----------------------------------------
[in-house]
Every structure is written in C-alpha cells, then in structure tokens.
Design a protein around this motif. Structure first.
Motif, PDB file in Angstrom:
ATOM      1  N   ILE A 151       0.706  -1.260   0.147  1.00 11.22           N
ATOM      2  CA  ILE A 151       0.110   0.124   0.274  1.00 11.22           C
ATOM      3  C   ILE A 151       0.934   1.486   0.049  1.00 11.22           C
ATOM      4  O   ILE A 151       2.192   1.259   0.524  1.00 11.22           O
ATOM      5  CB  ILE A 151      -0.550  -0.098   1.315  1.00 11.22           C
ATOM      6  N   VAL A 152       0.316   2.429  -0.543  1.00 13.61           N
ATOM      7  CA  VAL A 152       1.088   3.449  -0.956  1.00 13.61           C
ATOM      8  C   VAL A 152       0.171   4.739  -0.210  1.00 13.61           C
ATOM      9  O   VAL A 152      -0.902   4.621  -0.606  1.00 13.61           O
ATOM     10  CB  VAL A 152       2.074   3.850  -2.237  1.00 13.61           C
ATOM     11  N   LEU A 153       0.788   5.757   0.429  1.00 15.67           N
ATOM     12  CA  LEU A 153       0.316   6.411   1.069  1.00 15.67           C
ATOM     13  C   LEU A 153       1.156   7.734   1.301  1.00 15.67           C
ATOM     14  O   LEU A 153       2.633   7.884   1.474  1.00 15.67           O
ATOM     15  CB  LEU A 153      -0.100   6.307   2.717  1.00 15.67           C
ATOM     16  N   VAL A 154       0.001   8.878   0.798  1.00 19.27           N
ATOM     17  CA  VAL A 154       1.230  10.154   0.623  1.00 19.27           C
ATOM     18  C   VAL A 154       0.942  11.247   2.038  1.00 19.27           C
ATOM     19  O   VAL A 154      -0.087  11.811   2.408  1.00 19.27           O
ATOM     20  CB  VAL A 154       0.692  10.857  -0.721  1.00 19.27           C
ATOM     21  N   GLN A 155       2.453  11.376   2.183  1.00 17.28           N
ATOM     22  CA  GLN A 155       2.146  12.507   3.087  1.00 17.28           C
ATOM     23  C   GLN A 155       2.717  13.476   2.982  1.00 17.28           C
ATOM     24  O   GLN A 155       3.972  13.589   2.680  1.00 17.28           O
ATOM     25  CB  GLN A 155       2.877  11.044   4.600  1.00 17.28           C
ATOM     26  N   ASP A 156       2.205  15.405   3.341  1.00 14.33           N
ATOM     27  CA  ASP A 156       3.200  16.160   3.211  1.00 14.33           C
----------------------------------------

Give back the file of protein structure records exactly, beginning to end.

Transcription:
[in-house]
Every structure is written in C-alpha cells, then in structure tokens.
Design a protein around this motif. Structure first.
Motif, PDB file in Angstrom:
ATOM      1  N   ILE A 151       0.706  -1.260   0.147  1.00 11.22           N
ATOM      2  CA  ILE A 151       0.110   0.124   0.274  1.00 11.22           C
ATOM      3  C   ILE A 151       0.934   1.486   0.049  1.00 11.22           C
ATOM      4  O   ILE A 151       2.192   1.259   0.524  1.00 11.22           O
ATOM      5  CB  ILE A 151      -0.550  -0.098   1.315  1.00 11.22           C
ATOM      6  N   VAL A 152       0.316   2.429  -0.543  1.00 13.61           N
ATOM      7  CA  VAL A 152       1.088   3.449  -0.956  1.00 13.61           C
ATOM      8  C   VAL A 152       0.171   4.739  -0.210  1.00 13.61           C
ATOM      9  O   VAL A 152      -0.902   4.621  -0.606  1.00 13.61           O
ATOM     10  CB  VAL A 152       2.074   3.850  -2.237  1.00 13.61           C
ATOM     11  N   LEU A 153       0.788   5.757   0.429  1.00 15.67           N
ATOM     12  CA  LEU A 153       0.316   6.411   1.069  1.00 15.67           C
ATOM     13  C   LEU A 153       1.156   7.734   1.301  1.00 15.67           C
ATOM     14  O   LEU A 153       2.633   7.884   1.474  1.00 15.67           O
ATOM     15  CB  LEU A 153      -0.100   6.307   2.717  1.00 15.67           C
ATOM     16  N   VAL A 154       0.001   8.878   0.798  1.00 19.27           N
ATOM     17  CA  VAL A 154       1.230  10.154   0.623  1.00 19.27           C
ATOM     18  C   VAL A 154       0.942  11.247   2.038  1.00 19.27           C
ATOM     19  O   VAL A 154      -0.087  11.811   2.408  1.00 19.27           O
ATOM     20  CB  VAL A 154       0.692  10.857  -0.721  1.00 19.27           C
ATOM     21  N   GLN A 155       2.453  11.376   2.183  1.00 17.28           N
ATOM     22  CA  GLN A 155       2.146  12.507   3.087  1.00 17.28           C
ATOM     23  C   GLN A 155       2.717  13.476   2.982  1.00 17.28           C
ATOM     24  O   GLN A 155       3.972  13.589   2.680  1.00 17.28           O
ATOM     25  CB  GLN A 155       2.877  11.044   4.600  1.00 17.28           C
ATOM     26  N   ASP A 156       2.205  15.405   3.341  1.00 14.33           N
ATOM     27  CA  ASP A 156       3.200  16.160   3.211  1.00 14.33           C